Nissan YouTube Slam Dunk Contest
I've just been exploring the YouTube Slam Dunk Contest. It's one of the many YouTube placement driven campaigns I've seen lately. And an example of the "go big" online ads that Ashley was discussing. You can't help but notice these things when they're plastered across YouTube.
I don't wanna rag on Nissan. The dunks are certainly cool. And sometimes there's a place for sponsored content - pure and simple. But when I heard "YouTube Slam Dunk Contest" I got excited. Perfect opportunity for harvesting all that negative YouTube comment energy and turning it to something good. Maybe an online 'Yo Mama' taunting contest? Or experimenting with some interactive video perhaps?
But, no. Nissan has thrown a totally unrelated TV spot and banner ad up on the page, found a "grunge" typeface from DaFont.com, and are now waiting for user views and the car industry resurgence to roll in. I'm not exactly sure where the Nissan Z sits compared to other models in terms of demographic. But wouldn't AND1, or Red Bull or something be more appropriate for this?
There's not even a tenuous slam dunk related pun used in any of the language.
Here's the TV ad from the YouTube Channel. It seems like they've tried to find the most irrelevant spot they had on file and upload it as part of the campaign. AND they've disallowed comments. Why "do" social media if you're not willing to hear what people say?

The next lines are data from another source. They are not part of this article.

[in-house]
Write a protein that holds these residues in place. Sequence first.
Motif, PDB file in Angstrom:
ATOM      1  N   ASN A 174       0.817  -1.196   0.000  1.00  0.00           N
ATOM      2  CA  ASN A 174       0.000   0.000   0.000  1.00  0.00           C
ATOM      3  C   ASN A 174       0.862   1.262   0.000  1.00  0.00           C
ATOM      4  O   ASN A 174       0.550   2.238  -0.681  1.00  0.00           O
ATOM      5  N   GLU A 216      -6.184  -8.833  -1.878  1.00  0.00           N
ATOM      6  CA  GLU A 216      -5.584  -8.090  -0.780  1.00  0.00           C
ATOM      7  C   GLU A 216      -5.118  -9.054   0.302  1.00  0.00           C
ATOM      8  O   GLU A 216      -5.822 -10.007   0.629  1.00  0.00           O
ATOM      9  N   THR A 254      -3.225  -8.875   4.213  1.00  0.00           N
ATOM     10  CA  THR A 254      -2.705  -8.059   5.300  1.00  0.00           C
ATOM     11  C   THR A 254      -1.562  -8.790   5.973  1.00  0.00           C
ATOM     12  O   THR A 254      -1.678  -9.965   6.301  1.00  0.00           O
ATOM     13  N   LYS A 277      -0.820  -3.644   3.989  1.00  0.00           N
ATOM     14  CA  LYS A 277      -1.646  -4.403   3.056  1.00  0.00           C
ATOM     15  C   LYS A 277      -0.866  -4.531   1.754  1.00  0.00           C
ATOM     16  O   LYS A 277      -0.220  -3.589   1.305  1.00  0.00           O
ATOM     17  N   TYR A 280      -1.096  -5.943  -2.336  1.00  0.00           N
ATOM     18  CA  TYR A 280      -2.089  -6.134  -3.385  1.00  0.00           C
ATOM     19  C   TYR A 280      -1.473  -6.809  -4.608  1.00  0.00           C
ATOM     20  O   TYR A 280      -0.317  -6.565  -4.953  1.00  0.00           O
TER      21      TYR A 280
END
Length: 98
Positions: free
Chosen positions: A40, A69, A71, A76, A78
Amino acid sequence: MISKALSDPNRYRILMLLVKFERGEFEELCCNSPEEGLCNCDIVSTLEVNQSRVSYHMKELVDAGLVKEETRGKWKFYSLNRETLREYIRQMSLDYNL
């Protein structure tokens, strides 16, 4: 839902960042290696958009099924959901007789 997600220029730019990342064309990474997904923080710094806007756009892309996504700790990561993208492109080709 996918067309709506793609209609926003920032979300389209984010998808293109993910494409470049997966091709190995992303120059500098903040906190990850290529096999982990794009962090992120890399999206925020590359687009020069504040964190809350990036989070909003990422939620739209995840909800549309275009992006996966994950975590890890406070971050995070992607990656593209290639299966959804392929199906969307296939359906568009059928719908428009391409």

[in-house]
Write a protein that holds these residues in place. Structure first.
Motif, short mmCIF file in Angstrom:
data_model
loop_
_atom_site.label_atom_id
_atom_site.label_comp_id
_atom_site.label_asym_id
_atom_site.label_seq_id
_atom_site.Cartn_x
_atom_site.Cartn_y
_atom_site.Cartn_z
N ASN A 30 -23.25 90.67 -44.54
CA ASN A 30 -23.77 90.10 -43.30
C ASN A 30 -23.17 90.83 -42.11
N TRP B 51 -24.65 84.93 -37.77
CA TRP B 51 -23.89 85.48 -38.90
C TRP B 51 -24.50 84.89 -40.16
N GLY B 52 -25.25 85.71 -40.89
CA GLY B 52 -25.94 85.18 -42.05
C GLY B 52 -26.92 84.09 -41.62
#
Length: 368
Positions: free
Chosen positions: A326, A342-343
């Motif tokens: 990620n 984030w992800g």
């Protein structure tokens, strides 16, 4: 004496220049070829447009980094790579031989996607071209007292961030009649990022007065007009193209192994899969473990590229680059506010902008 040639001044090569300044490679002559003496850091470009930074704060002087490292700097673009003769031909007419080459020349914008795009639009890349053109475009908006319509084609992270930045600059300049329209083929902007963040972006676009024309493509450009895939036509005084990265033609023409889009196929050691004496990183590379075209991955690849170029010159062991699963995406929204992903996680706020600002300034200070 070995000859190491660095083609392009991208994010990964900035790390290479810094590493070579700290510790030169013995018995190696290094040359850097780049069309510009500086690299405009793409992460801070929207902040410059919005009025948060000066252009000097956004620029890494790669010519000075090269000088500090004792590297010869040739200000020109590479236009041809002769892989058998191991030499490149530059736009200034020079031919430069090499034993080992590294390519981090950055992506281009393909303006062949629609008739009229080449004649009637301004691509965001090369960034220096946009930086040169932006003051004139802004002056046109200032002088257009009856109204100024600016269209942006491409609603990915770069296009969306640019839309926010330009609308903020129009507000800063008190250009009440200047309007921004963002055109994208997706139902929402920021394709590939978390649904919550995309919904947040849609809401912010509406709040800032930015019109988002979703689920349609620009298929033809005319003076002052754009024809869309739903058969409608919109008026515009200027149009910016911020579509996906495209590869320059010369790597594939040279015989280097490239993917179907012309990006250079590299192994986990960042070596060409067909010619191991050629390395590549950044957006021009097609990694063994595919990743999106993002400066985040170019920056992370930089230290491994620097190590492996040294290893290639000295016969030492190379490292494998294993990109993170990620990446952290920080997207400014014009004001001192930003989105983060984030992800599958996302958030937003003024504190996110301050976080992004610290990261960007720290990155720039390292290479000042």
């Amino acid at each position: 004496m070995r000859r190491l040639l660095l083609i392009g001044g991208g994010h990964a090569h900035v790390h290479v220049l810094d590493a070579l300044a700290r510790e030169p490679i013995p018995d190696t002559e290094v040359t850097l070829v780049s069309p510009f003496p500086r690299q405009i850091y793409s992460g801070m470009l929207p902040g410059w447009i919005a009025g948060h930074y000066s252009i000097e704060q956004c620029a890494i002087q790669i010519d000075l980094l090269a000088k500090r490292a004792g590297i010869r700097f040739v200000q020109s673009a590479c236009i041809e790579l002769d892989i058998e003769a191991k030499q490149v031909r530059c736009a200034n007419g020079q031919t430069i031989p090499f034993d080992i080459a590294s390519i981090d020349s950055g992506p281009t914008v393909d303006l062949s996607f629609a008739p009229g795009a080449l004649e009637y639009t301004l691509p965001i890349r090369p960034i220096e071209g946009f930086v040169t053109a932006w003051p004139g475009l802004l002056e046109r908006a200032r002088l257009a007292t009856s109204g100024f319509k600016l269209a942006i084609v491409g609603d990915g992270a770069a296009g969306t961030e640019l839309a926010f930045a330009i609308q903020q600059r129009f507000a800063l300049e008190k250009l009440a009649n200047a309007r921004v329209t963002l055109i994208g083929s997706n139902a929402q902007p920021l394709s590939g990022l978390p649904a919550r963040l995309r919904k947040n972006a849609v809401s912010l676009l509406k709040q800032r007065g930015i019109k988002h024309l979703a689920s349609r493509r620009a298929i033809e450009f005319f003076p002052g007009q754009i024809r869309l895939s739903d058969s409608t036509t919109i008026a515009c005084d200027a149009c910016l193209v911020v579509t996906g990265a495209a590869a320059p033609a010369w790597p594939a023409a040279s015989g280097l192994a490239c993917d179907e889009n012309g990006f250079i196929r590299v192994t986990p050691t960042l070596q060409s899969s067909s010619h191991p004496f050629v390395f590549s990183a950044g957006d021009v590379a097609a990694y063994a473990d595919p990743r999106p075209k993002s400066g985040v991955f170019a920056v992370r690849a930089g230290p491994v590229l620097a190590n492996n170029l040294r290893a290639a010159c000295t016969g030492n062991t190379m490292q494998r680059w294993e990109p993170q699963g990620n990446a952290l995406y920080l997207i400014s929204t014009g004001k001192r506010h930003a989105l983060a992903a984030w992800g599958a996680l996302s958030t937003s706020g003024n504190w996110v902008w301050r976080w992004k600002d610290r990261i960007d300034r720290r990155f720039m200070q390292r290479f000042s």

Out of all the videos on the campaign channel, it has the least amount of views (3000). I don't know what the benchmarks are, but if the main ad on your SPONSORED YouTube channel is pulling only that many viewers, then you're doing it wrong. Just to give it some comparison, this video of a cat falling over has more than twice as many views as the Nissan spot:
So, what's the deal Nissan? No wonder the auto industry is in the crapper. YOU'RE NOT EVEN GIVING AWAY A NISSAN TO THE WINNER. You're offering them the dubious title of :
Which sounds more like an awesome playground taunt than anything young dunkers would want to lay claim to.
This seems like a perfect example of where a more experimental approach to online would've worked better. Lots of little, diverse digital efforts spread out over the year. Rather than spending one big chunk on a single crappy media buy.
Lame. I want my click back Nissan.